Severe Weather and Critical Infrastructure Resilience: Preparing Washington D.C. (Meeting Summary)
The District of Columbia has initiated a climate change adaptation assessment to examine current and projected risks from severe weather and to develop a resilience plan to sustain and enhance the District’s economy and quality of life. On March 14, 2013, the District Department of Environment (DDOE), the District Office of Planning (OP), and the Center for Clean Air Policy (CCAP) held a workshop to gather input to help shape future preparation efforts to ensure they reflect stakeholder knowledge, experience and priorities.
The workshop goals included:
1. To disseminate and share expert information concerning problems including current trends, projected weather-related risks, and solutions such as leading public and private preparedness efforts;
2. To understand stakeholder priorities and concerns; and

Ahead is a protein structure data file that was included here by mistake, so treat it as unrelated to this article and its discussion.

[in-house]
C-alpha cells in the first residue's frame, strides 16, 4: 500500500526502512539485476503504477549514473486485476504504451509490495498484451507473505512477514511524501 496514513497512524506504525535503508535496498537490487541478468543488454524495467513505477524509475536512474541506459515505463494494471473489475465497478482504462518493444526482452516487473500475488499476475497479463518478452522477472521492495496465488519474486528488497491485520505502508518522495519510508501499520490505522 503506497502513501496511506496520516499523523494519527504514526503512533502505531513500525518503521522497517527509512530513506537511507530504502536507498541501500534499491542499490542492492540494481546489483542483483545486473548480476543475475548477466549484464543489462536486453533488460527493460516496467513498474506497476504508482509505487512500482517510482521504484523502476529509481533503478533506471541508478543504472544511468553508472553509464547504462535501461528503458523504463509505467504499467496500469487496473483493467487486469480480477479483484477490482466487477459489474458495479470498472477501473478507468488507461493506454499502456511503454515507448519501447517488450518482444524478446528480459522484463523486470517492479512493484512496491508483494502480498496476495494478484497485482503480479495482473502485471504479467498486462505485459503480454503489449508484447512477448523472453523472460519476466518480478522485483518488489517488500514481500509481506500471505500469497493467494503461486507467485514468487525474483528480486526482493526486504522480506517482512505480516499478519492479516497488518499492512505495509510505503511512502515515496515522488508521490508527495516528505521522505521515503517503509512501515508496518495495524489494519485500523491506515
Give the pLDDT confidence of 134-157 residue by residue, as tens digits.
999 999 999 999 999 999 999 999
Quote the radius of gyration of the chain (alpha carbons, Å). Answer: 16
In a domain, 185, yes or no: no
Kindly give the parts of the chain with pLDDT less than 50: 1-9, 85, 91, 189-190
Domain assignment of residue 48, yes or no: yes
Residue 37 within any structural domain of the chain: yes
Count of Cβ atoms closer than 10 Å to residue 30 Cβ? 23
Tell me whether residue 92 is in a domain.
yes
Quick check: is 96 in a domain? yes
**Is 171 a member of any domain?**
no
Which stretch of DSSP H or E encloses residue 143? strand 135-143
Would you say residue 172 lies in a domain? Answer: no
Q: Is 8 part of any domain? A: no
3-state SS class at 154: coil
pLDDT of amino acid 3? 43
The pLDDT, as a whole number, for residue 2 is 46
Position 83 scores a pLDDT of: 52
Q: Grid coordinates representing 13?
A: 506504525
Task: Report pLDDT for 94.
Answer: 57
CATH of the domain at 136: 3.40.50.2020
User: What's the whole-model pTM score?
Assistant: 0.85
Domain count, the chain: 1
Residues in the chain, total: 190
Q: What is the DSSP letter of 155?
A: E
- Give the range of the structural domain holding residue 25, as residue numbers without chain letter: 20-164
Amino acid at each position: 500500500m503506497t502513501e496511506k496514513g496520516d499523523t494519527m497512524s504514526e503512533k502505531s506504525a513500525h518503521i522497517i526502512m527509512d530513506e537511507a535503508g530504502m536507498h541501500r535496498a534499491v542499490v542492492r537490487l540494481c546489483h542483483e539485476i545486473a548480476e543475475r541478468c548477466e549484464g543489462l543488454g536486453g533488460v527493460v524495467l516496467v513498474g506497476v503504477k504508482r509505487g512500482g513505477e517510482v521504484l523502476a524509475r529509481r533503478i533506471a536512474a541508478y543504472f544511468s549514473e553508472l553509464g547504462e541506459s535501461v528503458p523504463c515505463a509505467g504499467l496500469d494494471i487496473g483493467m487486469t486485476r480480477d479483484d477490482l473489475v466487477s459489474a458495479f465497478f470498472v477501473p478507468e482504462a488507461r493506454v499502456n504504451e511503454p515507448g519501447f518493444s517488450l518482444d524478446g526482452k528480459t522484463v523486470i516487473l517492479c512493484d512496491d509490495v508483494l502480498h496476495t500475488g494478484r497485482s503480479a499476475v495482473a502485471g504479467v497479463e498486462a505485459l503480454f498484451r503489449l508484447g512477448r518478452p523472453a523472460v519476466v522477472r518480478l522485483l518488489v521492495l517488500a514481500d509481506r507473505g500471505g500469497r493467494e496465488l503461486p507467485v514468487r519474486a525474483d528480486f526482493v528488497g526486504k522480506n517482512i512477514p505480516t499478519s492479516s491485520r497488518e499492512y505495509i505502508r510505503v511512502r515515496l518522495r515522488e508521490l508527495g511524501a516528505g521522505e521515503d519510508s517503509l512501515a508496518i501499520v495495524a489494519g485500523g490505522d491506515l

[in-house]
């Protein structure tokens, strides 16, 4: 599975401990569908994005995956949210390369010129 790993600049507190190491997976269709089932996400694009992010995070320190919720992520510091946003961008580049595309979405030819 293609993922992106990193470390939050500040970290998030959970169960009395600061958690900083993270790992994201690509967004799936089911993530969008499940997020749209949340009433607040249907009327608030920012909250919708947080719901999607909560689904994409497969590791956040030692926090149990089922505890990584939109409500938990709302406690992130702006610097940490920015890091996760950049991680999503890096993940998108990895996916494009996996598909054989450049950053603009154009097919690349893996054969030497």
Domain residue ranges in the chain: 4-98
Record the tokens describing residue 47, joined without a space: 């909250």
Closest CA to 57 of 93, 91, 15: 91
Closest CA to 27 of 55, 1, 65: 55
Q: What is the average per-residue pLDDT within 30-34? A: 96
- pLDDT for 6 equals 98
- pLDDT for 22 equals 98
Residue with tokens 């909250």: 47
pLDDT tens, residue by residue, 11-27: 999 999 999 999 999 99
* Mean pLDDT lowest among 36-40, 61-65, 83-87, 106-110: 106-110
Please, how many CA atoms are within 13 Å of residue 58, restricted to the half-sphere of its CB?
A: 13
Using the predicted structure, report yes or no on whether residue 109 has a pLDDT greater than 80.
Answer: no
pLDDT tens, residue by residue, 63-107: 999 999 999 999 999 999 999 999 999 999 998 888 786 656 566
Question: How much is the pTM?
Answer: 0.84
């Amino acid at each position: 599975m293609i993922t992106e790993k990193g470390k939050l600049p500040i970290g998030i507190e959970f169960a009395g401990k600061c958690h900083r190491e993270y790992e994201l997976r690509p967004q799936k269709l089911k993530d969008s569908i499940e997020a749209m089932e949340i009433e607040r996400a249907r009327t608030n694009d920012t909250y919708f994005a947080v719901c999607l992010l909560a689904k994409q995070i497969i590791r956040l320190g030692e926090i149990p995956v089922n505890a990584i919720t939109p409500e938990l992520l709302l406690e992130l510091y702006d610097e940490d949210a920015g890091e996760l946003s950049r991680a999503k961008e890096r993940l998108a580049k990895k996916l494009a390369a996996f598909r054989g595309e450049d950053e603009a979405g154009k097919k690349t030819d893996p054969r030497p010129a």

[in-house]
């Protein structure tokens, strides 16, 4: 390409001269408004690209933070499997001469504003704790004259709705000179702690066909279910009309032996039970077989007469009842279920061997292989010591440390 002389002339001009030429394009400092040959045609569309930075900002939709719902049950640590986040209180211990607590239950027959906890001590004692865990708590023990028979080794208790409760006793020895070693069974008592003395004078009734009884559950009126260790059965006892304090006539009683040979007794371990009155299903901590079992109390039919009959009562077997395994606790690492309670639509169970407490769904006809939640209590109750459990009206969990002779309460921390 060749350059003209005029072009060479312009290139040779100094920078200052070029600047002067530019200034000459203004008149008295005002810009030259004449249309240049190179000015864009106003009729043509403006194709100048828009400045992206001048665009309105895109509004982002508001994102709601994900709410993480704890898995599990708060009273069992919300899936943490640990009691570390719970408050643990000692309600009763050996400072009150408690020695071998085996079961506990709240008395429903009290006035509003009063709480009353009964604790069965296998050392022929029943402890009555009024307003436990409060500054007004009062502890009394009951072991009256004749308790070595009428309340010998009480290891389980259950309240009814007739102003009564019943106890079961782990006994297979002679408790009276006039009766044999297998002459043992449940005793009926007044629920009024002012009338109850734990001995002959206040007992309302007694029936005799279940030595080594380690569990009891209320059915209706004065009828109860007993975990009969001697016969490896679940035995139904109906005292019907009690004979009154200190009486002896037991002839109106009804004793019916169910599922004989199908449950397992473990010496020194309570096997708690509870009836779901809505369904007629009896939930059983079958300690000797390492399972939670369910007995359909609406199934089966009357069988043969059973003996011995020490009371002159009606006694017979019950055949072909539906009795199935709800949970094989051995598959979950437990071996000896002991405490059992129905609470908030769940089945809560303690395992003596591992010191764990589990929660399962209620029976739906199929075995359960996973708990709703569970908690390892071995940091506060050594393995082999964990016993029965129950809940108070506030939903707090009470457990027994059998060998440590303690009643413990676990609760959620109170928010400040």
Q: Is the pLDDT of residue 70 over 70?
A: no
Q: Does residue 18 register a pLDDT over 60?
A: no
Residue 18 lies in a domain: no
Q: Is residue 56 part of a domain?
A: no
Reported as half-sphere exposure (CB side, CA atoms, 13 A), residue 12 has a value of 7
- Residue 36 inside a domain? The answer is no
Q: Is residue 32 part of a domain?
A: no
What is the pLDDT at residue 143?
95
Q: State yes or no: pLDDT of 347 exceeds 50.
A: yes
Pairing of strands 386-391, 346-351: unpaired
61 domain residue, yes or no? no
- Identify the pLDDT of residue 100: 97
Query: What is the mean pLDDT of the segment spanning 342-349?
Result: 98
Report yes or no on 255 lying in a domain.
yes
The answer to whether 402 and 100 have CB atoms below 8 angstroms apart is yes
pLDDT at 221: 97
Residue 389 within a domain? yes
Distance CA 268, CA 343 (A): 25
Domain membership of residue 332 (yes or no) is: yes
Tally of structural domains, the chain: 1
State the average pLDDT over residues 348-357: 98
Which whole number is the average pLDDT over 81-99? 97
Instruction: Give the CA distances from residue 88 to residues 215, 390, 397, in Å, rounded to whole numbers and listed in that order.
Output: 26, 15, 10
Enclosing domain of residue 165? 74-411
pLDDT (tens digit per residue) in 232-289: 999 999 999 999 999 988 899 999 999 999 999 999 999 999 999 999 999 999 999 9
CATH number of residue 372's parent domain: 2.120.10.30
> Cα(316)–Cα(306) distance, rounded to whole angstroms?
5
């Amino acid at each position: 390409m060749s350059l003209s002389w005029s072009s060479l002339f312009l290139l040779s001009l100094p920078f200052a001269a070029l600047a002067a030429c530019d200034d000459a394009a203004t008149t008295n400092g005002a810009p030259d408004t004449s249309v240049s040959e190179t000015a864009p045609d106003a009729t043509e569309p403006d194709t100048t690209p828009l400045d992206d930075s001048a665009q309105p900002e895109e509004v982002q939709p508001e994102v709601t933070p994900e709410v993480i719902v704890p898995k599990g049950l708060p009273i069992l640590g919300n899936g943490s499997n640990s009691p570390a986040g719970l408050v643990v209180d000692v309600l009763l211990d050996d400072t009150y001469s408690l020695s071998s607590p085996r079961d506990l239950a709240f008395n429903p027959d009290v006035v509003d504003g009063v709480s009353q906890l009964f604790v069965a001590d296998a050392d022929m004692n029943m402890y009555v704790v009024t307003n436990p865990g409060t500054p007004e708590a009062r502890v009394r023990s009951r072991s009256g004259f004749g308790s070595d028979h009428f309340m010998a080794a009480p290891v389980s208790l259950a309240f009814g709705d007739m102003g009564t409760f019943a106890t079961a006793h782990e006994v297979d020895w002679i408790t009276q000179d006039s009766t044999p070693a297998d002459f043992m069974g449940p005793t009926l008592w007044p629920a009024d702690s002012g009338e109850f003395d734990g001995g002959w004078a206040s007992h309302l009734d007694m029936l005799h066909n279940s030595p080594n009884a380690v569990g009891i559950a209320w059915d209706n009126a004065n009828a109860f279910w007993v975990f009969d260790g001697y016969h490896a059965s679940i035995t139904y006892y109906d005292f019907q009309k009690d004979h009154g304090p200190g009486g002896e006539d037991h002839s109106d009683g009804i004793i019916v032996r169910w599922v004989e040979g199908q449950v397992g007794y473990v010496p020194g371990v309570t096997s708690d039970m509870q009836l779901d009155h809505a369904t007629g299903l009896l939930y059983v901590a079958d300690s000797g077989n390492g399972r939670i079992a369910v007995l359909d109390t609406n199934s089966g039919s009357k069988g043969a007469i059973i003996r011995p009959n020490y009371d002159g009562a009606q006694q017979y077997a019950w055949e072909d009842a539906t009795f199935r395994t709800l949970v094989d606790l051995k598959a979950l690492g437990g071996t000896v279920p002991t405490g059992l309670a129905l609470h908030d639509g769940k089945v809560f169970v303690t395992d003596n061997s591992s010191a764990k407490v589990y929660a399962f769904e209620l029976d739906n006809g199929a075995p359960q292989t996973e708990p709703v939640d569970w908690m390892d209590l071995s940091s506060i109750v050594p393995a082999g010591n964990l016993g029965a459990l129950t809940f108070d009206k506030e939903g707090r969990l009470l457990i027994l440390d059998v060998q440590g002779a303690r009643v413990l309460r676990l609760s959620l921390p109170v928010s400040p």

3. To (start to) identify collaboration opportunities to foster long-term resilience, such as actions across government agencies and public-private; and identify efforts that can be launched in the short-term and advance multiple policy goals.
From the workshop collaboration, participants recommended the following next steps:
- Vulnerability studies on sea level rise, severe weather and urban heat
- Economic scenario analyses
- “What If” flooding analysis
- Increase green infrastructure
- “Undergrounding” power lines
- Install Metro ventilation grate extensions
- Improve transportation choices (resilience benefits of biking, walking, and public transit)
- Identify further collaboration opportunities
This paper is a product of the Center for Clean Air Policy’s Weathering Climate Risks program, with funding from the Surdna Foundation.
Publication Date: April 23, 2013
- District Department of Energy and the Environment (DDOE) - Washington DC
- Center for Clean Air Policy (CCAP)
- District of Columbia Office of Planning
- District of Columbia
- Scenario planning